Today I will be looking at K-Means, one of the most common unsupervised machine learning algorithms for clustering problems. Clustering refers to a series of methods for finding subgroups or clusters within datasets. It is in this sense that clustering can be a thought of as an unsupervised learning method, in that we are trying to discover structure that may or may not be previously known.
The K in K-Means refers to the number of clusters we wish to partition the data into. The algorithm assumes that every observation belongs to one of the clusters and that clusters are not overlapping. This prompts the question; how do we evaluate what is a good number of clusters? This question probably warrants an entire blog post by itself, there exist statistical criterion such as the Bayesian Information Criterion or Akaike Information Criterion devoted to this purpose. These are beyond the scope of what we are looking at today, so perhaps a simplistic answer is, the number that create the smallest variation within clusters. This strikes at the heart of one of the weaknesses of K-Means, the selection of K number of clusters by the party undertaking the experiment. It either requires domain specific knowledge of the data at hand or the running of multiple models until an adequate result is found.
The way K-Means works, is by randomly assigning a centroid for each K-cluster from among the data point. After this, the algorithm iterates until the centroids remain static, taking the following steps: 1) It assigns each observation to the cluster with the nearest centroid in terms of Euclidean distance. 2) It calculates new centroids based on the mean values of coordinates after all observations have been assigned to a cluster.
Let’s cast our mind back to a previous blog post, in which I had a look at a regression problem with the Boston House price dataset. I was looking for variables that were highly correlated to average house price of Boston suburbs. One of them was LSTAT, which was the percentage of the population that were defined as ‘lower status’. Here is a scatter plot of them.
If we wanted to cluster these observations, it is as simple as instantiating a K-Means class from the Sci-Kit Learn library, defining the number of clusters desired and calling the fit method on the data. In this case we have arbitraily chosen K = 3. Sci-Kit Learns KMeans class produces labels after it has been fit, which can be passed into the colour parameter of the scatter plot. Here is the code.
And here is the result.
Of course, one of the characteristics of K-Means is thatit is not always obvious what the optimum number of clusters is.
Here we loop through serveral potentia options.
One of the more interesting ways that K-Means has been used is in classifying Satellite data. This has been useful, for example, in identifying areas in danger of suffering a forest fire or drought. This is possible because pictures can be represented in vectors of RGB (Red, Green, Blue) values. More modern methods make use of Neural Nets to classify this type of data, but it is an interesting application of K-Means.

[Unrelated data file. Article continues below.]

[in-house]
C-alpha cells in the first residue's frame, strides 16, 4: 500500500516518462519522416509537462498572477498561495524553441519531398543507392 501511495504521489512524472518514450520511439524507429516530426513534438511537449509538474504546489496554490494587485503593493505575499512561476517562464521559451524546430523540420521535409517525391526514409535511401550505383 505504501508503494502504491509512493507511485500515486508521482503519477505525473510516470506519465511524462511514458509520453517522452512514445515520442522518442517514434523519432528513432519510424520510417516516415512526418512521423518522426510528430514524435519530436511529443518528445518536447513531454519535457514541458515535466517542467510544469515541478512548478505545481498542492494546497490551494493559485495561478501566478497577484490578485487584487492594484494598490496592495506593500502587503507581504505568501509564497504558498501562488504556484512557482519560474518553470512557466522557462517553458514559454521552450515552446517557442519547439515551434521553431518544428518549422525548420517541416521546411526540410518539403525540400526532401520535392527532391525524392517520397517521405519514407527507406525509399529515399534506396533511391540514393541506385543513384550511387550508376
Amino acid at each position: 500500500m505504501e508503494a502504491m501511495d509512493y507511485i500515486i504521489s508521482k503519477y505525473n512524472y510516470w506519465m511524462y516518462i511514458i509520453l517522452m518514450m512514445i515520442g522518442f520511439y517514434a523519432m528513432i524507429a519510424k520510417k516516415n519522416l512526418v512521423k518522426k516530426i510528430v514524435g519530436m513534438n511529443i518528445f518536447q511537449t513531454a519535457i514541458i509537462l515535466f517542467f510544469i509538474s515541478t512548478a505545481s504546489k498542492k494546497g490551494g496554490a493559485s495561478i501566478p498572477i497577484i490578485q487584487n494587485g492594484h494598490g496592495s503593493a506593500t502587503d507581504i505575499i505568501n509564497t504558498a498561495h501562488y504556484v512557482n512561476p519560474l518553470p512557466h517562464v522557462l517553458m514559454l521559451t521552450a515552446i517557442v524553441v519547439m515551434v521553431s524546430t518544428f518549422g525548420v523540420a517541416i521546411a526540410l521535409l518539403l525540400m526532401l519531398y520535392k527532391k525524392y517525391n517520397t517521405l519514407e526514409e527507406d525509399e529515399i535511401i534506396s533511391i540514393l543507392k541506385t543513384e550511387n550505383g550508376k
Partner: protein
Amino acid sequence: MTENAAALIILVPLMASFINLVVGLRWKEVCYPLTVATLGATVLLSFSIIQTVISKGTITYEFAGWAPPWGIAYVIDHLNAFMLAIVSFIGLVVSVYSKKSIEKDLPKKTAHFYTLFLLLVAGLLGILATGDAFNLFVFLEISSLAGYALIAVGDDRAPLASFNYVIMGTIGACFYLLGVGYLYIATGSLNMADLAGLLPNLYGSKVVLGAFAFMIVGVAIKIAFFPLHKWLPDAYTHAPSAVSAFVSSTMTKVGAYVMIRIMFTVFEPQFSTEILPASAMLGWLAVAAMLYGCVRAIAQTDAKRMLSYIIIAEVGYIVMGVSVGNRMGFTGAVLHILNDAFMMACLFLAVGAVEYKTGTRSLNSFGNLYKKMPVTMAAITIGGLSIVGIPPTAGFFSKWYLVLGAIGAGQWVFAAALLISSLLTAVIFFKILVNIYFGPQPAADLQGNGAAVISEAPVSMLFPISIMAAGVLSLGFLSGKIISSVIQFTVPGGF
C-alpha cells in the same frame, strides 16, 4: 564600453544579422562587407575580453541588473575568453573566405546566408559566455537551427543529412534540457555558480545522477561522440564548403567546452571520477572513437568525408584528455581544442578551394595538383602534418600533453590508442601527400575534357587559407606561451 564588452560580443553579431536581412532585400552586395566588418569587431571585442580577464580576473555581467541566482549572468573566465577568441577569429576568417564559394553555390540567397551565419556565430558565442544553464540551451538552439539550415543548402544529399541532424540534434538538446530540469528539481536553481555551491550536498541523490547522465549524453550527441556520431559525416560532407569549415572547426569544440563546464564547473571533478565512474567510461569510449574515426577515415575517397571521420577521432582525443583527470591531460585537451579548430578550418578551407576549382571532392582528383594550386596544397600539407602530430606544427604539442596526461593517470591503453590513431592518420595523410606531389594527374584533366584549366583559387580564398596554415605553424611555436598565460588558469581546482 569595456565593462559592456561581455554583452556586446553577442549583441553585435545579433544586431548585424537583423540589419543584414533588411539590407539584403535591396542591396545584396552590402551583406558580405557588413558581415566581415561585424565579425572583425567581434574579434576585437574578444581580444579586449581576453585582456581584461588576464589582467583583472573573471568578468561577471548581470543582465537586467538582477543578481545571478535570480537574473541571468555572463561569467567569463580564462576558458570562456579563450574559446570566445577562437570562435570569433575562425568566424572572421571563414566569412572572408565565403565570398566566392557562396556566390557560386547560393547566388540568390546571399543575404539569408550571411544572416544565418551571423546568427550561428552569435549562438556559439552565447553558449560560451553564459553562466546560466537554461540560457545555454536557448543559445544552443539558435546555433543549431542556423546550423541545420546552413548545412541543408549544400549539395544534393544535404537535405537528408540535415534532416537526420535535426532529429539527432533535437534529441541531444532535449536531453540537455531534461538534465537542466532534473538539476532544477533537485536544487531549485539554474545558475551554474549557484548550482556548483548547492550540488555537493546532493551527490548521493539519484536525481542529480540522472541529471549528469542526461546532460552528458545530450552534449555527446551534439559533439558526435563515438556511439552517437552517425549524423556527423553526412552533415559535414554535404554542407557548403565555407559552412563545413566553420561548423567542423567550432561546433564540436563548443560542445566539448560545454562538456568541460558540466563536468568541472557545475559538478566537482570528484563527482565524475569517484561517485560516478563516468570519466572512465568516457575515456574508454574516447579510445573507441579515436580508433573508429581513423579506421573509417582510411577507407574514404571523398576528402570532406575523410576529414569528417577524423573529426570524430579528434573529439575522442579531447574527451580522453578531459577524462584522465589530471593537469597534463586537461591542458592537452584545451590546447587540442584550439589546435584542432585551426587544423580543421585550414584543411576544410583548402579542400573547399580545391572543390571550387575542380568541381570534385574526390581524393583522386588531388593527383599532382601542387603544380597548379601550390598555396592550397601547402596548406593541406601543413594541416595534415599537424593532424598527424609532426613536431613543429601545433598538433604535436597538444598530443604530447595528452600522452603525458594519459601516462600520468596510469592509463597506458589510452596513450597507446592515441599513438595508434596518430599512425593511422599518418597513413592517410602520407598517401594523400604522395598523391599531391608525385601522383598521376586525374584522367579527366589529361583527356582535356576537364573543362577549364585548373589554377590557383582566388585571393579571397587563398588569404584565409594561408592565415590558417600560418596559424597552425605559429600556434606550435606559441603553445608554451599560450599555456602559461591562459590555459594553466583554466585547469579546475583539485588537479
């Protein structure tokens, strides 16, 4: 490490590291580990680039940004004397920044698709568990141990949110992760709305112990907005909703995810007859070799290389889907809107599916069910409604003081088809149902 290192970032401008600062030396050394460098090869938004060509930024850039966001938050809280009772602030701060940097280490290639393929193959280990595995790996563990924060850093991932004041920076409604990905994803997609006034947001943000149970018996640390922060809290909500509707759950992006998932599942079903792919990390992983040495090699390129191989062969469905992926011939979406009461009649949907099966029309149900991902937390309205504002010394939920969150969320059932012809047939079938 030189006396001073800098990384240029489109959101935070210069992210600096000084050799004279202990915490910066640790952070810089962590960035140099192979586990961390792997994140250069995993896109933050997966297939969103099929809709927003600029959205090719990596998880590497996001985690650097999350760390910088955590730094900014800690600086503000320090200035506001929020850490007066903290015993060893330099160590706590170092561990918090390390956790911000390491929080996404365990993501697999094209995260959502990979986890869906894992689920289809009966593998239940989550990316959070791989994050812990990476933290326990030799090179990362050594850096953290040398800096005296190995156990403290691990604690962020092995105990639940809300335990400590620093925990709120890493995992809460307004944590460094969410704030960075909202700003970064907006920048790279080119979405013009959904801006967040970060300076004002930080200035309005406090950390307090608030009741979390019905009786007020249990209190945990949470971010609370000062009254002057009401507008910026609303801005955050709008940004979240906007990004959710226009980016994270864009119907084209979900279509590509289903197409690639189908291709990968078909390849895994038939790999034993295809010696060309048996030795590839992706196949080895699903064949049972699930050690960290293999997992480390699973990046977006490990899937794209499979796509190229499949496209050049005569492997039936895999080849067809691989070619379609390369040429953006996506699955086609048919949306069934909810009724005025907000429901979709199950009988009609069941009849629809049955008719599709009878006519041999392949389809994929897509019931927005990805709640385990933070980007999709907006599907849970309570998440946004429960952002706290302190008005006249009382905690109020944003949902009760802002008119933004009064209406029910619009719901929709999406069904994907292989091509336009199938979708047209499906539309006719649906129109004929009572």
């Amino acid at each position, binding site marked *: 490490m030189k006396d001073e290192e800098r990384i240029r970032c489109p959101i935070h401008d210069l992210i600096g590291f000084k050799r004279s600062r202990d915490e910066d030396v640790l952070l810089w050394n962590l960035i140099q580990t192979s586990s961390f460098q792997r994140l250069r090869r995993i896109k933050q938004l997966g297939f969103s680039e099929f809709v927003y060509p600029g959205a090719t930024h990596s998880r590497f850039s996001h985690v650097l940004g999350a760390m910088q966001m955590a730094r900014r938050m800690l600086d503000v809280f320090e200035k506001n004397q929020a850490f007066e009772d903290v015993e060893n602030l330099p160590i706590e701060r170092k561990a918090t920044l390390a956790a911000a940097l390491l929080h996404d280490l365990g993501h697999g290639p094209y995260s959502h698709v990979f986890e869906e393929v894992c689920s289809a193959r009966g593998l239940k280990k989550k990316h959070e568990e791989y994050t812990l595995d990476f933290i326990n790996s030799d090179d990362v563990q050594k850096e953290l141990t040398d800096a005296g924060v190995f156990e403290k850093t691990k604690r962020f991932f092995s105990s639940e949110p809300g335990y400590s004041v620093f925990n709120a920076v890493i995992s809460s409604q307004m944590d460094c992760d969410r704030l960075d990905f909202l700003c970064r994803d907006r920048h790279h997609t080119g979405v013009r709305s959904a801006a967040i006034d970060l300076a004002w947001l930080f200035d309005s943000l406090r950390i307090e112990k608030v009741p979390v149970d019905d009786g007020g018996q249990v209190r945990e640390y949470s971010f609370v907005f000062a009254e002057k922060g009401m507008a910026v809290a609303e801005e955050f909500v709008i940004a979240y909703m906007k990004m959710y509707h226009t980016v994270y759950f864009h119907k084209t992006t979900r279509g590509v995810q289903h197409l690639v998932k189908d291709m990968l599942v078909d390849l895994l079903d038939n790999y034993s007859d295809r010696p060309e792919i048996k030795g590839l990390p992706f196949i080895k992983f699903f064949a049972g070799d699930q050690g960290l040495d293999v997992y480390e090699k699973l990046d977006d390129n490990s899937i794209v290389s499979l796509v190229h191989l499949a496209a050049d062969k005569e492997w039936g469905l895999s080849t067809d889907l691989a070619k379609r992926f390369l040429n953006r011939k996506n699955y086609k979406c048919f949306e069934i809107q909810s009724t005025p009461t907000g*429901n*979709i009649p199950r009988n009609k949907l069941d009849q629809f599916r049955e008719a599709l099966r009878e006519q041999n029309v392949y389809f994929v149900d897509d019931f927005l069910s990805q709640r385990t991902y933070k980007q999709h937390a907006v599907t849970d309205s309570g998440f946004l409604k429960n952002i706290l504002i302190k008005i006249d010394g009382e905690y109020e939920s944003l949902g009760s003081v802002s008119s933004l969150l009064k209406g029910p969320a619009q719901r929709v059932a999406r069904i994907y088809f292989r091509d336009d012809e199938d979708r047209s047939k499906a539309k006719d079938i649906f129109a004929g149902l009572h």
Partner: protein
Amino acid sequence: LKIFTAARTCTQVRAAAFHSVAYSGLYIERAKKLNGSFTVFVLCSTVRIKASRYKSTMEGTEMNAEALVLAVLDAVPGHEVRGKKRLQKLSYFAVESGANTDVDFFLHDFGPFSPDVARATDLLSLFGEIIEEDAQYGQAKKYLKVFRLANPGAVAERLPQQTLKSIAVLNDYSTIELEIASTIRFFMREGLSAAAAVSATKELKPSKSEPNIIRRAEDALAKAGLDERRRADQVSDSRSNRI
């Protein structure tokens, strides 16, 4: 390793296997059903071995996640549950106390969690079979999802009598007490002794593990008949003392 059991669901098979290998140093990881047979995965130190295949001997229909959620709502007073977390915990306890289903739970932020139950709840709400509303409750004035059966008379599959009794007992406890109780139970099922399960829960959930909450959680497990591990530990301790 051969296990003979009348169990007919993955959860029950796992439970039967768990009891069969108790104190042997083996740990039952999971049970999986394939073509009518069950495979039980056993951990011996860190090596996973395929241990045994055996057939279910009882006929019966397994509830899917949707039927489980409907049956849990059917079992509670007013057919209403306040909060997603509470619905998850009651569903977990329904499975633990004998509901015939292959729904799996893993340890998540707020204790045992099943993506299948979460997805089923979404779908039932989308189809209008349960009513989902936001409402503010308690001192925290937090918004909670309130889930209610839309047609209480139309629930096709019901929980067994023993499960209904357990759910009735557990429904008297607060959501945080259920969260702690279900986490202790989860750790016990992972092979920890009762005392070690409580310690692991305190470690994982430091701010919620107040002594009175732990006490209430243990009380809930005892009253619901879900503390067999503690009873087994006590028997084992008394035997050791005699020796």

To do so with Python only requires GDAL, Matplotlib, Numpy, SkLearn and Satellite data.
Eos offers its Land Viewer service, which allows the user to search for satellite imagery on the fly for analytics. It’s quite amazing and I would recommend giving it a look if you haven’t already done so. I chose a tip of land by Lake Burullus in Egpyt for this exampel for no other purpose than I wanted a picture with numerous types of terrain. Hopefully, it will be a good example of K-means effects on RGB matrices. Here is the original.
The images can be saved in a .tiff format, which GDAL can convert into a Raster, a dot matrix data structure. This can then be converted into a vector, on which we can run K-Means. The picture loses some of its information, but other aspects can be emphasised, helping in the kind of problems described above.
In this case, the image takes the shape of an array of (619, 1237). To run K-Means we need to flatten this to an array of (-1,1). As a quick aside, numpy has an inbuilt function for this which is helpfully called .reshape. By passing in -1 for the first parameter, we are telling to flatten the array such that it has as many rows as necessary to retain the data with a single column. In this case it takes the shape of (765703, 1).
Then it is as simple as instantiating a KMeans class, fitting the data to it, creating an instance of the labels produced and reshaping it all to the dimensions of the original image.
Helpfully, Matplotlib has the .imshow() method, which can display a 2-D raster as an image. Let’s take a look at the result.
Interesting! This seems like a good place to leave it this time. Thanks for reading!